Since 2014 the Wadi el-Hudi Expedition has been surveying and excavating archaeological sites of the Middle Kingdom (c. 2000-1700 BCE), Greco-Roman (c. 1st century BCE-4th century CE), and Arab Period (6th century – 19th century) consisting of amethyst mines and their associated settlements. Wadi el-Hudi’s unique archaeology and inscriptions offer insights into mining technology and the social and economic organization of how ancient Egyptians obtained precious stones to make jewelry and other luxury items for members of the royal family and other elite. 

Wadi el-Hudi lies in Egypt’s Eastern Desert southeast of Aswan, and its complex geology is rich in minerals such as amethyst and stone like granite. First occupied in Paleolithic times (approximately 200,000 years ago), the region is rich in archaeological heritage. The ancient Egyptians established multiple important mines in Wadi el-Hudi in order to acquire amethyst for making jewelry during the Middle Kingdom and in the Greco-Roman Period. These large scale mining ventures required up to 1500 laborers and administrators that lived and worked in substantial walled settlements adjacent to the mines. Sometimes misidentified as military fortresses, these dry-stone settlements are still well-preserved today, with many standing close to their original height at two meters tall.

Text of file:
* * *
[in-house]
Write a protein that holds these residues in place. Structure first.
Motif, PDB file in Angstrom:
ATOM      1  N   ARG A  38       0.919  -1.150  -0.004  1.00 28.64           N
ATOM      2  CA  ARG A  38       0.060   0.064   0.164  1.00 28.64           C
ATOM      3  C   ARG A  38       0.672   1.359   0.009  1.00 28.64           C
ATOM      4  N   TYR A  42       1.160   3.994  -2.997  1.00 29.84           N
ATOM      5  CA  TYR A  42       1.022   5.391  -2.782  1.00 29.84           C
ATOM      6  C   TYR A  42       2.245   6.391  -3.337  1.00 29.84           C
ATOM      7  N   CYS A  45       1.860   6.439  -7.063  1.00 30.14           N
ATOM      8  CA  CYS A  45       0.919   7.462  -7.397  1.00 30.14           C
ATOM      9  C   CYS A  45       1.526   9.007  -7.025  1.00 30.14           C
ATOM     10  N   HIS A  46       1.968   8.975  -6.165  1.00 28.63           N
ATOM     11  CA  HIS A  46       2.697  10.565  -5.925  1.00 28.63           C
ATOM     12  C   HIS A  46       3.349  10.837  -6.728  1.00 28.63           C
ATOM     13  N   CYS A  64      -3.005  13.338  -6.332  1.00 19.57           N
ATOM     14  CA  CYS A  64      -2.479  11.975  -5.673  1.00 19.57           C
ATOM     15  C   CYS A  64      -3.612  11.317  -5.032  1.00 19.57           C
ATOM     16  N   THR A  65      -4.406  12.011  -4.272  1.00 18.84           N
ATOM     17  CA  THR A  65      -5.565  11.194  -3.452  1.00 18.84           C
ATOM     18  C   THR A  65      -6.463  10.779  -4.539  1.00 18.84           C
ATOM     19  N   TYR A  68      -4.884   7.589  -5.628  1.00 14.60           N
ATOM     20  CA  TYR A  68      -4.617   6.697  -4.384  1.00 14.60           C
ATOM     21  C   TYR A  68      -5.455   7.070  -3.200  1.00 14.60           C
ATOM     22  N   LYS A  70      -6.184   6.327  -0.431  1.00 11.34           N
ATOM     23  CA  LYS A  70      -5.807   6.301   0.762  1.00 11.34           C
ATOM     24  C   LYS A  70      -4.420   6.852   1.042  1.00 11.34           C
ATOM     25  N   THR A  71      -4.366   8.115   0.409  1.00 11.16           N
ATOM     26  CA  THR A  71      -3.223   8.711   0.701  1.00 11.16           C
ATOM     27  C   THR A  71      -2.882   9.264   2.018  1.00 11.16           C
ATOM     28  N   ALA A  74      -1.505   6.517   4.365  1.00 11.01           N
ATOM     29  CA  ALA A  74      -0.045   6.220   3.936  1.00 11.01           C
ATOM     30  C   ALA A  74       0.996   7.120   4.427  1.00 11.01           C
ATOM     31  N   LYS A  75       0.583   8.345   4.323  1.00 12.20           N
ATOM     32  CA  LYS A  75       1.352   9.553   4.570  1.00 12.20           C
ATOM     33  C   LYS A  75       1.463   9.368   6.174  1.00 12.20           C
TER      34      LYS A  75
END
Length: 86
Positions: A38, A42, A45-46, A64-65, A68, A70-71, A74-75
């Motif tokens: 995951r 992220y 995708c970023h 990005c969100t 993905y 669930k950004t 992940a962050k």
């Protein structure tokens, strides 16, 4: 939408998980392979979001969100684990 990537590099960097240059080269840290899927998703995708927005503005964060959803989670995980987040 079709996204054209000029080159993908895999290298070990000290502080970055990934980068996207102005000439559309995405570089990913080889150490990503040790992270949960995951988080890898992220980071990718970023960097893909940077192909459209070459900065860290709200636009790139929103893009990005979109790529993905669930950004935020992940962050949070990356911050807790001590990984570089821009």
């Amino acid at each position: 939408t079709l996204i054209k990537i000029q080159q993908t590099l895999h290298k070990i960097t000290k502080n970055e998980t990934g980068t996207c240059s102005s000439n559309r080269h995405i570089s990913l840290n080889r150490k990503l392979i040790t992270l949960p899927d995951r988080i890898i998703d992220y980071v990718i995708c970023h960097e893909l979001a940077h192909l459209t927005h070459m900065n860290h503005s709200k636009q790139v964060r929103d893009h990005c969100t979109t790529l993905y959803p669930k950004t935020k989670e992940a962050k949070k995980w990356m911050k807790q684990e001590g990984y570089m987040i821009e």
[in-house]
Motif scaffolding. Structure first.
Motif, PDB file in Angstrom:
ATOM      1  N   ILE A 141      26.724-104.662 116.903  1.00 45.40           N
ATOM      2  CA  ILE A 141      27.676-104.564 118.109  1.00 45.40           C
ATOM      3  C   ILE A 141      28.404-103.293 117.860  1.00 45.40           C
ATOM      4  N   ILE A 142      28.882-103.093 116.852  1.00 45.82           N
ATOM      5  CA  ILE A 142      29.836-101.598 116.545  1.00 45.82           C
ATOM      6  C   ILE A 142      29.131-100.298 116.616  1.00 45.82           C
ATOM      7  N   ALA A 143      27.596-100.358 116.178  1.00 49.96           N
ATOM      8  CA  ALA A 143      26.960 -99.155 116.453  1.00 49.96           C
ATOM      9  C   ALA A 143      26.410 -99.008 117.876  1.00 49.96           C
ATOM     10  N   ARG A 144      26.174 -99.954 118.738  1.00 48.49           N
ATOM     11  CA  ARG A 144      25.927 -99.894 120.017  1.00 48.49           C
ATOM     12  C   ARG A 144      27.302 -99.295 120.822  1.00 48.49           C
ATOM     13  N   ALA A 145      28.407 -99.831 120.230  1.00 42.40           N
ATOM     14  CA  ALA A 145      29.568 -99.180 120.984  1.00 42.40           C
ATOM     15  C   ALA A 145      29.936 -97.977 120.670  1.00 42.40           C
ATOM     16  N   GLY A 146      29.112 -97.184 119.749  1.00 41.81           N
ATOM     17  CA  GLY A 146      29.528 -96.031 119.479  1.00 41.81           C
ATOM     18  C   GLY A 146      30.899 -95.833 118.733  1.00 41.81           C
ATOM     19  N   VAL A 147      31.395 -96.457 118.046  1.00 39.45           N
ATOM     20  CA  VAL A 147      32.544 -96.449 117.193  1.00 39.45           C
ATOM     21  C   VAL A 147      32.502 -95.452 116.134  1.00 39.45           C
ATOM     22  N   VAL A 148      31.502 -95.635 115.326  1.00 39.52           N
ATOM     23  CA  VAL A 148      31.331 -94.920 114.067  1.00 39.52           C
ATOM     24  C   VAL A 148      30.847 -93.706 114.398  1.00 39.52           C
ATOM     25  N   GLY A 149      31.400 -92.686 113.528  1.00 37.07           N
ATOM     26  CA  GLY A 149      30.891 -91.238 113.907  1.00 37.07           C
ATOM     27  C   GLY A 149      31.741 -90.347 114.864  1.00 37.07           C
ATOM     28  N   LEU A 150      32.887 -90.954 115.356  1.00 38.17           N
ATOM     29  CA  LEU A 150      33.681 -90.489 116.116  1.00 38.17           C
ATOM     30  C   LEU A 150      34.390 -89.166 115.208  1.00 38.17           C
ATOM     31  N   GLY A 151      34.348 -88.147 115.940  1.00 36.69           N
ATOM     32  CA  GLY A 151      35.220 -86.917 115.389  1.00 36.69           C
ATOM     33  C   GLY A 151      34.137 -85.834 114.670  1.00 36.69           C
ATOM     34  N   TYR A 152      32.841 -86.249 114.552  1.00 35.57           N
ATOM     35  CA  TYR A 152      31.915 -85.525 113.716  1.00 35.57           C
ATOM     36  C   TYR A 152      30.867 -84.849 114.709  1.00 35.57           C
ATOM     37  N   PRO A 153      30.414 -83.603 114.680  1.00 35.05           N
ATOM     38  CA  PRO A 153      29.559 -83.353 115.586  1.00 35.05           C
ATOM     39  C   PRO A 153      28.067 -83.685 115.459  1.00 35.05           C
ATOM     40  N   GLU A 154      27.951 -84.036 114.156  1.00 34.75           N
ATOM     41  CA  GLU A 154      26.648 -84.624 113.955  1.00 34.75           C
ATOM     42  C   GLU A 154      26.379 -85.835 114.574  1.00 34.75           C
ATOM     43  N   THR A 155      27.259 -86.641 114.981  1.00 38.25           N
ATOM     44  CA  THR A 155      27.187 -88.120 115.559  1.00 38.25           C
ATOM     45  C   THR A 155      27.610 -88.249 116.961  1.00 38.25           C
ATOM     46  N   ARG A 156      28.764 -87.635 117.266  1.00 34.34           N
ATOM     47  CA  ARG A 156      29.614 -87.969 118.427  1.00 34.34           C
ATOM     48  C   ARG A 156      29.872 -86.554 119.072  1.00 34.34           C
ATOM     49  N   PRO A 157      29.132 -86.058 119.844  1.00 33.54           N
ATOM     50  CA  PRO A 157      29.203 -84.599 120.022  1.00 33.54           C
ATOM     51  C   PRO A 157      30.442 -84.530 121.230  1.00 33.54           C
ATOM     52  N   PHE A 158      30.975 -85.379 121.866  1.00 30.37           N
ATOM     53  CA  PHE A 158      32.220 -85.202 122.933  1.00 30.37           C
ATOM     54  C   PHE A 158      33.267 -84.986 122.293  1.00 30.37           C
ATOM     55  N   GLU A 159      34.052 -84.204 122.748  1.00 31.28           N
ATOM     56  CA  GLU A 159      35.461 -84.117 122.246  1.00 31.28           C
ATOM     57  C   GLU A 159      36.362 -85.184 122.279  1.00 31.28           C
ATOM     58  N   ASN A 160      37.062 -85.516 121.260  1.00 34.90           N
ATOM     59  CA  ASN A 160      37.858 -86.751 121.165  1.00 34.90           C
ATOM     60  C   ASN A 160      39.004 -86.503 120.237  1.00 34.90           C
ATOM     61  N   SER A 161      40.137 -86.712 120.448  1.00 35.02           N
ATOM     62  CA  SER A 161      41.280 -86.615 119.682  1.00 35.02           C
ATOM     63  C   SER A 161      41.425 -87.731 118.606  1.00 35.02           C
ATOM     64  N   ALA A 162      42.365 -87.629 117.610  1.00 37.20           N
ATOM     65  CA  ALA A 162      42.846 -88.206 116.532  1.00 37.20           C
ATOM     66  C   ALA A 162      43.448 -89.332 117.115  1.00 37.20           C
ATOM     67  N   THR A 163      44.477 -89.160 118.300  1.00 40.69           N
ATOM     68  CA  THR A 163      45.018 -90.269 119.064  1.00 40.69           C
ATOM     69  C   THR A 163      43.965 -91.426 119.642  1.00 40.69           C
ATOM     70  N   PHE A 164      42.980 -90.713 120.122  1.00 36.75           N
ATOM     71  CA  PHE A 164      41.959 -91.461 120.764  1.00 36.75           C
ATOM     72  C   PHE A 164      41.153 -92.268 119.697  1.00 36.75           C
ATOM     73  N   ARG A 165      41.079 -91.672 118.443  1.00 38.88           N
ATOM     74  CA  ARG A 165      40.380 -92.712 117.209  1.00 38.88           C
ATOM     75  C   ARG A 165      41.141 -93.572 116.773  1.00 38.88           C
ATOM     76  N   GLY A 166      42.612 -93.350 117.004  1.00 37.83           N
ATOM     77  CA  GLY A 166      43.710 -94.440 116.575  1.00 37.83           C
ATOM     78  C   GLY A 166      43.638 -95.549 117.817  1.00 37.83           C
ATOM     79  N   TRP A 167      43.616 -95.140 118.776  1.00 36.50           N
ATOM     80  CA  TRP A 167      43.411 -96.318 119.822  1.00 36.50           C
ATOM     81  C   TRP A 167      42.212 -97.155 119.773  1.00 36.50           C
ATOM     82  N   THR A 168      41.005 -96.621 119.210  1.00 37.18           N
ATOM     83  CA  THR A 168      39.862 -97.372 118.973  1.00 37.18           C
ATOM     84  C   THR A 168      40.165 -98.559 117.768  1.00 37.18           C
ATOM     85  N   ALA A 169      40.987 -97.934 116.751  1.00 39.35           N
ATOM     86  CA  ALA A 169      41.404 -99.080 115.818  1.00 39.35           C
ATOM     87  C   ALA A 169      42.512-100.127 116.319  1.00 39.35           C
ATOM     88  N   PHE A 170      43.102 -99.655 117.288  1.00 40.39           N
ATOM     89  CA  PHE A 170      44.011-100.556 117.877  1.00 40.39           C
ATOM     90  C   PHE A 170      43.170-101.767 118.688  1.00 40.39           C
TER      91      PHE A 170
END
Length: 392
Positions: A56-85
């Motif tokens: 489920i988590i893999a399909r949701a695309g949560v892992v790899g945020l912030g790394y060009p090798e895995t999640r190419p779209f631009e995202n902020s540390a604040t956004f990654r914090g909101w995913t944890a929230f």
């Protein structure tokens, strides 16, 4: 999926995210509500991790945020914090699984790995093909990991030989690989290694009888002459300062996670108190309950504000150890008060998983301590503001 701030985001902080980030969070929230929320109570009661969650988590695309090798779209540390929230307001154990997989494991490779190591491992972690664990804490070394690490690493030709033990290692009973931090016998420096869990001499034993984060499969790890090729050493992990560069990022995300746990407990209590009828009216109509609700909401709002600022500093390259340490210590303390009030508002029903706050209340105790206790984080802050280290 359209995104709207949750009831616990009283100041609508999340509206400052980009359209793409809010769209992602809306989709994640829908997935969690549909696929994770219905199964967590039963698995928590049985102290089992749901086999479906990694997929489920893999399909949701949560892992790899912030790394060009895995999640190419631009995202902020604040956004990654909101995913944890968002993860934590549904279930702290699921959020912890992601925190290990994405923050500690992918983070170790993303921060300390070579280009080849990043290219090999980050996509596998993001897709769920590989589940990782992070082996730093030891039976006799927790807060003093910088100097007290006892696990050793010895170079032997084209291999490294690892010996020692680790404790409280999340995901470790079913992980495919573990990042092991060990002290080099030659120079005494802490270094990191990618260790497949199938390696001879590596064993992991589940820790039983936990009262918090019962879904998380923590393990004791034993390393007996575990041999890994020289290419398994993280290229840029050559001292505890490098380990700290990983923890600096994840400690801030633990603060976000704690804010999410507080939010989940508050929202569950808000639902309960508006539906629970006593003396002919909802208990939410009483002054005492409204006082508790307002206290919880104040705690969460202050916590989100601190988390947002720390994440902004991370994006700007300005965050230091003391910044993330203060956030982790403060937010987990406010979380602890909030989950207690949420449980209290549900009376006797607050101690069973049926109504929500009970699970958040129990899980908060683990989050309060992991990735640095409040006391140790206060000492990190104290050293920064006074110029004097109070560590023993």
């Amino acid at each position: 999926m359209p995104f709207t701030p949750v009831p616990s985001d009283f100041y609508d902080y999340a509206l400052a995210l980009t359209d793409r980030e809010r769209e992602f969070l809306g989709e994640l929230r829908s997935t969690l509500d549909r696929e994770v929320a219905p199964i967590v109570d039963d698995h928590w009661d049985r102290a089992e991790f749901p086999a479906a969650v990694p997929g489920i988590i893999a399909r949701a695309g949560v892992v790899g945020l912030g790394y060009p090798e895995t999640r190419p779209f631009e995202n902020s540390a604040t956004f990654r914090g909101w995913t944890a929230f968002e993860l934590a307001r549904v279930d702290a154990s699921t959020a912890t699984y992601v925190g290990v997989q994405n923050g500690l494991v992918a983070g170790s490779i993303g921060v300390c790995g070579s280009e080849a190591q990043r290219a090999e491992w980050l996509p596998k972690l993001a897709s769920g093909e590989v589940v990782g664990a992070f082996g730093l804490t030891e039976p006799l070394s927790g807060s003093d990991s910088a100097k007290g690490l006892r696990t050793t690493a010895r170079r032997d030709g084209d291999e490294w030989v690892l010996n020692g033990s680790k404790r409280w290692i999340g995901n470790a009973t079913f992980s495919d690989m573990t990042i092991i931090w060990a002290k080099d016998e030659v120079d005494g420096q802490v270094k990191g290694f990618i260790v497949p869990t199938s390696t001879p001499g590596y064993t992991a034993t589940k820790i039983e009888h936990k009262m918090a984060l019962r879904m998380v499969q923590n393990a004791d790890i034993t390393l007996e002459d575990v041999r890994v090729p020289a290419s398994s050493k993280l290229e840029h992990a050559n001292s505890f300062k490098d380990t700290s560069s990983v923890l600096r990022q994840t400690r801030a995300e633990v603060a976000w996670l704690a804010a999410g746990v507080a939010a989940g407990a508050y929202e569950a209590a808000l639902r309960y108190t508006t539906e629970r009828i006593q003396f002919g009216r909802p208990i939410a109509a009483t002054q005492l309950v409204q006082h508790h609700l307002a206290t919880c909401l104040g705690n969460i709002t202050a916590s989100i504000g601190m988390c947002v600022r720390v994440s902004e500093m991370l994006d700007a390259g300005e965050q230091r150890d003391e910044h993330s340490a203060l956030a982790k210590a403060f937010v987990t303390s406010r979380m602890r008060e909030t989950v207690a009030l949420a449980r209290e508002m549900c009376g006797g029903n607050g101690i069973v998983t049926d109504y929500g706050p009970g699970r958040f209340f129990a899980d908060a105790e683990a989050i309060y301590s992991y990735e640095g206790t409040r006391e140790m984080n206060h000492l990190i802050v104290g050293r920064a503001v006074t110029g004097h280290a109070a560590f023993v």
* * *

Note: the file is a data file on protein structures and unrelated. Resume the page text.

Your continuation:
Over five seasons of work, the Wadi el-Hudi Expedition has used the latest technology and innovative methods (read more here) to pursue several archaeological goals here:  (1) document mines, temporary or ephemeral sites, and rock inscriptions at 41 sites, (2) map the standing architecture at 11 settlements, (3) carry out excavation of many of these key settlements, (4) analyze numerous artifacts from Wadi el-Hudi sites, and (5) study over 280 inscriptions both at Wadi el-Hudi and in Egyptian museums from previous archaeological work in the early 20th century. The Wadi el-Hudi Expedition is currently in the process of creating 3D models of the major mines and settlements and engaging a program of archaeological science to analyze artifacts and inscriptions. 

In addition to learning more about the past, the Wadi el-Hudi Expedition supports educational opportunities for students and early-career specialists.  We support connections with the Ministry of Tourism and Antiquities in Egypt and give opportunities to foster international connections and work.  Please see our mission statement.

We are excited to continue our work at Wadi el-Hudi and share this amazing site with the public. 

You can follow us on Instagram and Twitter (@wadielhudi) and on Facebook.

The contributions from our generous donors are vital for The Wadi el-Hudi Expedition to continue its work. Please consider making a donation to support archaeology at Wadi el-Hudi.

Thank you to his Excellence the Minister of Tourism and Antiquities Dr. Khaled el-Anani and especially the Aswan Inspectorate for their continued support of and assistance with our project.

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